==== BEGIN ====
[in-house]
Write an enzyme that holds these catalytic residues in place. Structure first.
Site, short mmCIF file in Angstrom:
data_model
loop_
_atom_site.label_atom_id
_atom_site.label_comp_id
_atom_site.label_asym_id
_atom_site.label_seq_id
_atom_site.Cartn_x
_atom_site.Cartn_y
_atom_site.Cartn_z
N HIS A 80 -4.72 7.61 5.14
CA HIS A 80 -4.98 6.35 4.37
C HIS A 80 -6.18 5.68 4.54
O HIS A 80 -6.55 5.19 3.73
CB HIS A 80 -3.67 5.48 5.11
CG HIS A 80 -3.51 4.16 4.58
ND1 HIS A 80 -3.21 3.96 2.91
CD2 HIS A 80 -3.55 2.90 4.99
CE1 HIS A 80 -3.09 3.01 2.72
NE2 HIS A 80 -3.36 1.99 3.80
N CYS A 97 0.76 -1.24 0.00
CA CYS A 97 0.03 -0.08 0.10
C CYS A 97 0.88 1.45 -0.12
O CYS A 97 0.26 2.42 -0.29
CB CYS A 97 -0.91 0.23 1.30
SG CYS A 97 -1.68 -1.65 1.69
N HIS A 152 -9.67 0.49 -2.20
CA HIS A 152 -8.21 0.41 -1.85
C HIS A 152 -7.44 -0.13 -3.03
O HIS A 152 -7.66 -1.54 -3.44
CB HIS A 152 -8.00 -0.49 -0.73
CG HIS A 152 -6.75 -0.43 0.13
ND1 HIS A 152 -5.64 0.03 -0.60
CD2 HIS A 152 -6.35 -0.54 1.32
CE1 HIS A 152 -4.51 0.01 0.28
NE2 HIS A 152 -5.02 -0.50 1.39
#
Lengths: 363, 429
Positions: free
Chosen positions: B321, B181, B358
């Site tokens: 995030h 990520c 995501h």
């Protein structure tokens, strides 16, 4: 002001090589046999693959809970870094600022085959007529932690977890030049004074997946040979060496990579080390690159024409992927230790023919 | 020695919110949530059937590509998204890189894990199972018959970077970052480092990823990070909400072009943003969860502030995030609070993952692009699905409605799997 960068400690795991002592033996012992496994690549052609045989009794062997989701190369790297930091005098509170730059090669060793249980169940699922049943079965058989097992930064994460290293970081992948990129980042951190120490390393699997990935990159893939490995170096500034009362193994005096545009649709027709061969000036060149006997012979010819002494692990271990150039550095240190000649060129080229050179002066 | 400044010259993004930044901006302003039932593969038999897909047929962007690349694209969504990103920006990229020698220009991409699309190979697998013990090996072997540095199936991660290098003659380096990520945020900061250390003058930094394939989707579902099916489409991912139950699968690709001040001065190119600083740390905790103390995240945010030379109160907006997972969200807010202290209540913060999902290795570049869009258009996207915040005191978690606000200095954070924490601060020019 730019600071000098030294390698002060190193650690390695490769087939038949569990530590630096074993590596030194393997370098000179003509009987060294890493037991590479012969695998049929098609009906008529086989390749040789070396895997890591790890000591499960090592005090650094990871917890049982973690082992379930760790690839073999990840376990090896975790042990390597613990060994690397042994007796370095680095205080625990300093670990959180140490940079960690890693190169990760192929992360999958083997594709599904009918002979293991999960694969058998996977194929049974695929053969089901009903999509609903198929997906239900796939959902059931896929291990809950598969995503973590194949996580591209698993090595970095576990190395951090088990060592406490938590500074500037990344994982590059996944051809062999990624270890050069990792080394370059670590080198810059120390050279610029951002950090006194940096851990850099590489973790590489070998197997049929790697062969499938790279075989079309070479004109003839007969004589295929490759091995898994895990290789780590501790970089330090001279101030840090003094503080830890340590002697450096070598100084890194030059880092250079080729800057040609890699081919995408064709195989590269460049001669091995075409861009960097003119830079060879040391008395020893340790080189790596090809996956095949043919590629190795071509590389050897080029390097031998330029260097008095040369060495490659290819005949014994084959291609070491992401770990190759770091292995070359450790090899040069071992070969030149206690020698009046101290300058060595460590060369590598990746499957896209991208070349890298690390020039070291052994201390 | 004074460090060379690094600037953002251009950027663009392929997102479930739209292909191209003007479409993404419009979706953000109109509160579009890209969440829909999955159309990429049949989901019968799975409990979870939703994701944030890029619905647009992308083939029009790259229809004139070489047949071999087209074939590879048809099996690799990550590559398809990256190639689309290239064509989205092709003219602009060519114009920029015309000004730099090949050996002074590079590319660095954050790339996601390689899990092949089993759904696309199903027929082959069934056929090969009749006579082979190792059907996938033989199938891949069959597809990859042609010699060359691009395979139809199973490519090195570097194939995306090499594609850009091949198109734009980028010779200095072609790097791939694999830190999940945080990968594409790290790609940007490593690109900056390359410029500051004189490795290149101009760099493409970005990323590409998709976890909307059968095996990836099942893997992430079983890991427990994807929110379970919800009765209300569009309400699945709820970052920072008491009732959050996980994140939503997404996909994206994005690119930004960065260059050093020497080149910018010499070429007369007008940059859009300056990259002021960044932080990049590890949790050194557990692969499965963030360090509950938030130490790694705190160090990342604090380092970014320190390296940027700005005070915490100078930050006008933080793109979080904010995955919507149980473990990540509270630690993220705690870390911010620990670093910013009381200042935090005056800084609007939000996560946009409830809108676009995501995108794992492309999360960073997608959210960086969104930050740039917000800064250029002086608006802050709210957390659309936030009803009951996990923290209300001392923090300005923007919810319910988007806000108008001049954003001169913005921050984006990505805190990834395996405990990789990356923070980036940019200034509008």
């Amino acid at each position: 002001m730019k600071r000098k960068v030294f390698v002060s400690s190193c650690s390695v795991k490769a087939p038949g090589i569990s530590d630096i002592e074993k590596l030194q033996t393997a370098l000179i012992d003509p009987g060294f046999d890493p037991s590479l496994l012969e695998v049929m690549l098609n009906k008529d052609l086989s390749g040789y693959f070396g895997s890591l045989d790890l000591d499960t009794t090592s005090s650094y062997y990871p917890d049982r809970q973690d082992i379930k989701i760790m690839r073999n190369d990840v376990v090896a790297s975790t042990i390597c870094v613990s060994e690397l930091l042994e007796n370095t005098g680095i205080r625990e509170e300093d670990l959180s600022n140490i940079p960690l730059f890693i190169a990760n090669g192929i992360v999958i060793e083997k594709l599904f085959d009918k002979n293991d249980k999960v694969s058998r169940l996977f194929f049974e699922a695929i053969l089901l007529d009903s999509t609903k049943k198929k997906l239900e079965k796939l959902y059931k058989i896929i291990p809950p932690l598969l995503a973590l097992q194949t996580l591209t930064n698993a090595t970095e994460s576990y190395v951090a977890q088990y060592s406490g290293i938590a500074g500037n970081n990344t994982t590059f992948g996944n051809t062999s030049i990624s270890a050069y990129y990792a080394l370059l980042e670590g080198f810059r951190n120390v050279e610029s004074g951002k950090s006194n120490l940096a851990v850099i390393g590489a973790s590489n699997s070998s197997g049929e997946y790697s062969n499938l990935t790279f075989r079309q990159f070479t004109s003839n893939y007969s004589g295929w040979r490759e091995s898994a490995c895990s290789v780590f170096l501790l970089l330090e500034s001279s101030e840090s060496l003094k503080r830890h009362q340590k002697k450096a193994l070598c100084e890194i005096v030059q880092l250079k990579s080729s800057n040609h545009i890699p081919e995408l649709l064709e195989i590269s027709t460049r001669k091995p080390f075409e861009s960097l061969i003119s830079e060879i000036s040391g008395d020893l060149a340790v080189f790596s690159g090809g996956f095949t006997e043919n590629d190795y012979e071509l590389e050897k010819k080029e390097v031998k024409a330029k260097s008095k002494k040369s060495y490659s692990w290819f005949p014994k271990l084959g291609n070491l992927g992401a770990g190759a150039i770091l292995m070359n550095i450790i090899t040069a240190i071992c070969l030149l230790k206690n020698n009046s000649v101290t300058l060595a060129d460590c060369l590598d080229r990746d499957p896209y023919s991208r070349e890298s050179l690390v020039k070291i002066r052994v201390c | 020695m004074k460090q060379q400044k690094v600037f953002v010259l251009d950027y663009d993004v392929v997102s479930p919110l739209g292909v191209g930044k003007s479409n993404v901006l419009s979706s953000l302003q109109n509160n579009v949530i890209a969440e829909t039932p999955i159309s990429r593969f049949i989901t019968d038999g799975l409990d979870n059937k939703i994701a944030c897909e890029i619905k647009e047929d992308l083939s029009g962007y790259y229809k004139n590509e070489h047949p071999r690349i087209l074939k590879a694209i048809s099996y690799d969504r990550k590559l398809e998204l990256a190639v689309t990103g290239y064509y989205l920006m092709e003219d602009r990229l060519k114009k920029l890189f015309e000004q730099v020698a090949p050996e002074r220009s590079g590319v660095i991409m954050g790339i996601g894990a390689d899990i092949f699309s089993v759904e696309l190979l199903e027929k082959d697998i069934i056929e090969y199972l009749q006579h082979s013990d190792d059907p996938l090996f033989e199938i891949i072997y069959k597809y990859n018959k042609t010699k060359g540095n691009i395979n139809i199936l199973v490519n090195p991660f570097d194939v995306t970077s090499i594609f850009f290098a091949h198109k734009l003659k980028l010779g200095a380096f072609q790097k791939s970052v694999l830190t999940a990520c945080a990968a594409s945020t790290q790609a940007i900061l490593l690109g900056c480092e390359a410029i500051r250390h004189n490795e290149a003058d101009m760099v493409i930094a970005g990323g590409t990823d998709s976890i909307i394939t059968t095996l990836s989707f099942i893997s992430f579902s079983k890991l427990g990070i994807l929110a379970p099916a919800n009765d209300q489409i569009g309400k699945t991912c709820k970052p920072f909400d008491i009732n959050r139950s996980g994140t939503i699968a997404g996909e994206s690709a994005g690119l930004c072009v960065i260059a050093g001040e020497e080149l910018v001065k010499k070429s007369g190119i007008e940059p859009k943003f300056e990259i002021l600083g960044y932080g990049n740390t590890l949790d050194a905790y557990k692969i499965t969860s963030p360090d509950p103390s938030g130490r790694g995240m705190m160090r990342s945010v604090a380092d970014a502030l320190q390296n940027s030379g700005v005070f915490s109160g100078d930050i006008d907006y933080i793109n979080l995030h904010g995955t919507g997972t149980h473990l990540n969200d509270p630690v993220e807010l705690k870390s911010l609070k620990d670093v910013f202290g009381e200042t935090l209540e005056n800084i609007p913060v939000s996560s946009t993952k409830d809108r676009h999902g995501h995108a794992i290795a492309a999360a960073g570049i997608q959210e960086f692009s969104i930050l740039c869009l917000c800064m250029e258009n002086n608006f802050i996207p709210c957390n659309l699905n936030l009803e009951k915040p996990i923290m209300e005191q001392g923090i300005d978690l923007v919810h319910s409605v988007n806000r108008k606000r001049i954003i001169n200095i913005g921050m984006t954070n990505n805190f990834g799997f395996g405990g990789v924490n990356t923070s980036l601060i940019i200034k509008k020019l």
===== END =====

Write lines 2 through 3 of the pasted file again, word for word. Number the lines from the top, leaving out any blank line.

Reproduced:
Write an enzyme that holds these catalytic residues in place. Structure first.
Site, short mmCIF file in Angstrom: